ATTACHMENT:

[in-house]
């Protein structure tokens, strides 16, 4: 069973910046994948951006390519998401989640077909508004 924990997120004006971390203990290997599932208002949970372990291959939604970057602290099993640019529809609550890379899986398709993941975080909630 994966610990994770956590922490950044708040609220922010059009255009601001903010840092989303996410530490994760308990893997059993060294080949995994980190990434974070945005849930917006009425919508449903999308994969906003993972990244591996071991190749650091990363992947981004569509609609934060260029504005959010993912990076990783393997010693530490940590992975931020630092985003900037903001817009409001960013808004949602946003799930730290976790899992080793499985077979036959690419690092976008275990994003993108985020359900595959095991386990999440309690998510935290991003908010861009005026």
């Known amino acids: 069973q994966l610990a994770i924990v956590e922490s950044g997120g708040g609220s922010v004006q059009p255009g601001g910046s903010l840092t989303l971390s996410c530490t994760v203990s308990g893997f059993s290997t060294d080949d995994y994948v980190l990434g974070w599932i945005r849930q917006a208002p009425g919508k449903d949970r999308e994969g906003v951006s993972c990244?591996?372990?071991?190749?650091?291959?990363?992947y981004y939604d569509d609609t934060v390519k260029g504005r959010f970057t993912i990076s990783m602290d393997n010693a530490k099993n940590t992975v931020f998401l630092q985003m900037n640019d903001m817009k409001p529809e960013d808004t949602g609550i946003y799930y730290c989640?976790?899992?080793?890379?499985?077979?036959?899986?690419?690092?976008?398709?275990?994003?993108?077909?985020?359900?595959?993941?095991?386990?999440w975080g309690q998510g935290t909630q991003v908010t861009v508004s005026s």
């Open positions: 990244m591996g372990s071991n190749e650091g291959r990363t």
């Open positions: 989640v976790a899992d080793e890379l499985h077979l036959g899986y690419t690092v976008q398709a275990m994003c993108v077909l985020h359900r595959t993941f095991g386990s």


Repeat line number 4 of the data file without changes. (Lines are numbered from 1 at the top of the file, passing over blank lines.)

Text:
């Open positions: 990244m591996g372990s071991n190749e650091g291959r990363t």